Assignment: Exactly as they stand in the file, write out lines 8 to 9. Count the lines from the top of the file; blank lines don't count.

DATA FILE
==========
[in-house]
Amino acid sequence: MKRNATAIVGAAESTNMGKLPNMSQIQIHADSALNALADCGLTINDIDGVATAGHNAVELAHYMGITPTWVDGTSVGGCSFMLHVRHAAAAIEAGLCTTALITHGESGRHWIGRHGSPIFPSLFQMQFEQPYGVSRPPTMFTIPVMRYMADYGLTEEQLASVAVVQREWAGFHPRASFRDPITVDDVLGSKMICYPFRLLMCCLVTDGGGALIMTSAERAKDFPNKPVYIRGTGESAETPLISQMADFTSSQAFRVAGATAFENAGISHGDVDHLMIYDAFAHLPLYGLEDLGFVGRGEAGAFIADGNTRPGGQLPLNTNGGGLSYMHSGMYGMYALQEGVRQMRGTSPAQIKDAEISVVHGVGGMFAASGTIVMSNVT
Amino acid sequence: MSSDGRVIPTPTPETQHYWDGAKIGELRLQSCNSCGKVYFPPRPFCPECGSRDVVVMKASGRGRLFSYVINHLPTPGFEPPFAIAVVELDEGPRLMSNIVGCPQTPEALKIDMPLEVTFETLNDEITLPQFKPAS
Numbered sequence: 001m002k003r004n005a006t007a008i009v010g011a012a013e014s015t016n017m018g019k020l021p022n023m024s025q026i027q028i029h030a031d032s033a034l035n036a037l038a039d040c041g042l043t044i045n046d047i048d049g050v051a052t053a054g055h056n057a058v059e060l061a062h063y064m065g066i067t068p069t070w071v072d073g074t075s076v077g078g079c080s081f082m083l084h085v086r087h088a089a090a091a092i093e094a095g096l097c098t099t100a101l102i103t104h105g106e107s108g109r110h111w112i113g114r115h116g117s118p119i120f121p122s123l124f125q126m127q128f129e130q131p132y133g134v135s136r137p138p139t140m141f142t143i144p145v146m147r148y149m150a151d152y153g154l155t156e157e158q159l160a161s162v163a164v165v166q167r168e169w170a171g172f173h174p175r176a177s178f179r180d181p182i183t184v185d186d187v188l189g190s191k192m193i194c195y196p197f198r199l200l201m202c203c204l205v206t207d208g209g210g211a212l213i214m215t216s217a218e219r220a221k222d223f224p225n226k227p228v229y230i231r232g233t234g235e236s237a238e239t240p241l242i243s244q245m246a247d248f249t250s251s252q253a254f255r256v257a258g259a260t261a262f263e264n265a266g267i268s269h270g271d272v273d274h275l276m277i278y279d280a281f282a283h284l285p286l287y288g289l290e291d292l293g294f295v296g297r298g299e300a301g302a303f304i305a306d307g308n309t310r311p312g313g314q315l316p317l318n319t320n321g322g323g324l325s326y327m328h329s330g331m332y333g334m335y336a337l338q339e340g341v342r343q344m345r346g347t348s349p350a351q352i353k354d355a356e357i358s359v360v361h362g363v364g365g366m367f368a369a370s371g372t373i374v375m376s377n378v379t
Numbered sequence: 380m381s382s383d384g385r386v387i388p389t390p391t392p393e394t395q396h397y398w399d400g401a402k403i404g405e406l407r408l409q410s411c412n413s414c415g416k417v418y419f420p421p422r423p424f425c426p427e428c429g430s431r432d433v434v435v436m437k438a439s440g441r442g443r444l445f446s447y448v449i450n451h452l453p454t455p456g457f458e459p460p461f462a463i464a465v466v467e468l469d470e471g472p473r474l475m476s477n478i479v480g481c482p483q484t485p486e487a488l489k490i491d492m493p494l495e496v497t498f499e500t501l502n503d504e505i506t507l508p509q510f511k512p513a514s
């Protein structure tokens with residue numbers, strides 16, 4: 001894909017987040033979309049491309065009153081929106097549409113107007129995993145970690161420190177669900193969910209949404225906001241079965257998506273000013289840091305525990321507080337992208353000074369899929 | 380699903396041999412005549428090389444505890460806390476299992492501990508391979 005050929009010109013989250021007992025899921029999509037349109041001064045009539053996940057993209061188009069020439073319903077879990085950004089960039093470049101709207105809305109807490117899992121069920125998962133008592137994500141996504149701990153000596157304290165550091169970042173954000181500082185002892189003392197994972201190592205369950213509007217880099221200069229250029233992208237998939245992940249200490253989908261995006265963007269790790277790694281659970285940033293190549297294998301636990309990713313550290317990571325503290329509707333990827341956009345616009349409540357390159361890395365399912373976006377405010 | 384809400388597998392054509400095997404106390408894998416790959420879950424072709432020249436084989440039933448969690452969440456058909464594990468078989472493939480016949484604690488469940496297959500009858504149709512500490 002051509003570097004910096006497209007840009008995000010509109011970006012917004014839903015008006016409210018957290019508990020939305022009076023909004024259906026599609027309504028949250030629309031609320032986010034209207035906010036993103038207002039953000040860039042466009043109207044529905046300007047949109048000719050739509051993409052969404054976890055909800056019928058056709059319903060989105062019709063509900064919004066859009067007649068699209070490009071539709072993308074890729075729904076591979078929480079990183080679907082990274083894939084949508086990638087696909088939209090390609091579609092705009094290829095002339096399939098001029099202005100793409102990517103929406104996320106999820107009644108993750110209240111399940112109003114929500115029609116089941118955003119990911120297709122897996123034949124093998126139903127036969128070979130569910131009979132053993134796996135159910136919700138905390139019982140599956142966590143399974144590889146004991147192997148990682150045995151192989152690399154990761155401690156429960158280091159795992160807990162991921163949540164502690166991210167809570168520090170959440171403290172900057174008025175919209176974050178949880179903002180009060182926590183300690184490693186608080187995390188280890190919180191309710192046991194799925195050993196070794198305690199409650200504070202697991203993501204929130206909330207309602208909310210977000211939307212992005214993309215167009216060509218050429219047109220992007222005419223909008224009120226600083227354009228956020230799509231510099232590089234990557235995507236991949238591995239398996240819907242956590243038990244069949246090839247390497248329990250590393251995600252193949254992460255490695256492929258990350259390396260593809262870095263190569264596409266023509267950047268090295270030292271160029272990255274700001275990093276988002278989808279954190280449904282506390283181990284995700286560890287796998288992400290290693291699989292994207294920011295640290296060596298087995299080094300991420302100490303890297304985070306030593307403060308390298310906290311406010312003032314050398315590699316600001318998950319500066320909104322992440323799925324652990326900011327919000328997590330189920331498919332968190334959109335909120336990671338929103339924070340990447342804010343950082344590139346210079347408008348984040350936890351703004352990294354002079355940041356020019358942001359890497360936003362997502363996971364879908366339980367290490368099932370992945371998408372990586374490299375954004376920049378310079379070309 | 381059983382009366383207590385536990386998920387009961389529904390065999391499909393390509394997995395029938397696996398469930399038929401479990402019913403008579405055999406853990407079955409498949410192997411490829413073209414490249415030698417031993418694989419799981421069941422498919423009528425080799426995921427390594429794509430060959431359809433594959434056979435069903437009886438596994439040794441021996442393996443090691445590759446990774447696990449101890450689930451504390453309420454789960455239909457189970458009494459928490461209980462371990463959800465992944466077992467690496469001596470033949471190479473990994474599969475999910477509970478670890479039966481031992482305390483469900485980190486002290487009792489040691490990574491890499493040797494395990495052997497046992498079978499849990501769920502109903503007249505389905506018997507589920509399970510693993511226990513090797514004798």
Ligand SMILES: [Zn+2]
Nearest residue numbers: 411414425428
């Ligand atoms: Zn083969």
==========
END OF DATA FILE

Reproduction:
Nearest residue numbers: 411414425428
């Ligand atoms: Zn083969």